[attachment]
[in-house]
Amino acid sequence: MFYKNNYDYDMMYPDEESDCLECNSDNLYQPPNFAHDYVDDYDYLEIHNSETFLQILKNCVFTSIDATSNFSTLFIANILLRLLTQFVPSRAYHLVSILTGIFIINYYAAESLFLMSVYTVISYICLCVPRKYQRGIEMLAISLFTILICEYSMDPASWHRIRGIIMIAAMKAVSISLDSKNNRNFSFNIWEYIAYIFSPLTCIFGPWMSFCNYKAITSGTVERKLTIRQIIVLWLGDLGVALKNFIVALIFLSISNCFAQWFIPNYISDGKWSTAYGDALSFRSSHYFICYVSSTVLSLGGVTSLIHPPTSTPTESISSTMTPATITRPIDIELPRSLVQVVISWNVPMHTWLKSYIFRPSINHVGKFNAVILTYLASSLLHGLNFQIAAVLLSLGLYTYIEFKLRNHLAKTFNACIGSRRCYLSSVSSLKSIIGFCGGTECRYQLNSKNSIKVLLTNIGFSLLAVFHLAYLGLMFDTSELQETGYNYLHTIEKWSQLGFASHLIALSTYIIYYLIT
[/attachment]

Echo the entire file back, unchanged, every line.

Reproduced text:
[in-house]
Amino acid sequence: MFYKNNYDYDMMYPDEESDCLECNSDNLYQPPNFAHDYVDDYDYLEIHNSETFLQILKNCVFTSIDATSNFSTLFIANILLRLLTQFVPSRAYHLVSILTGIFIINYYAAESLFLMSVYTVISYICLCVPRKYQRGIEMLAISLFTILICEYSMDPASWHRIRGIIMIAAMKAVSISLDSKNNRNFSFNIWEYIAYIFSPLTCIFGPWMSFCNYKAITSGTVERKLTIRQIIVLWLGDLGVALKNFIVALIFLSISNCFAQWFIPNYISDGKWSTAYGDALSFRSSHYFICYVSSTVLSLGGVTSLIHPPTSTPTESISSTMTPATITRPIDIELPRSLVQVVISWNVPMHTWLKSYIFRPSINHVGKFNAVILTYLASSLLHGLNFQIAAVLLSLGLYTYIEFKLRNHLAKTFNACIGSRRCYLSSVSSLKSIIGFCGGTECRYQLNSKNSIKVLLTNIGFSLLAVFHLAYLGLMFDTSELQETGYNYLHTIEKWSQLGFASHLIALSTYIIYYLIT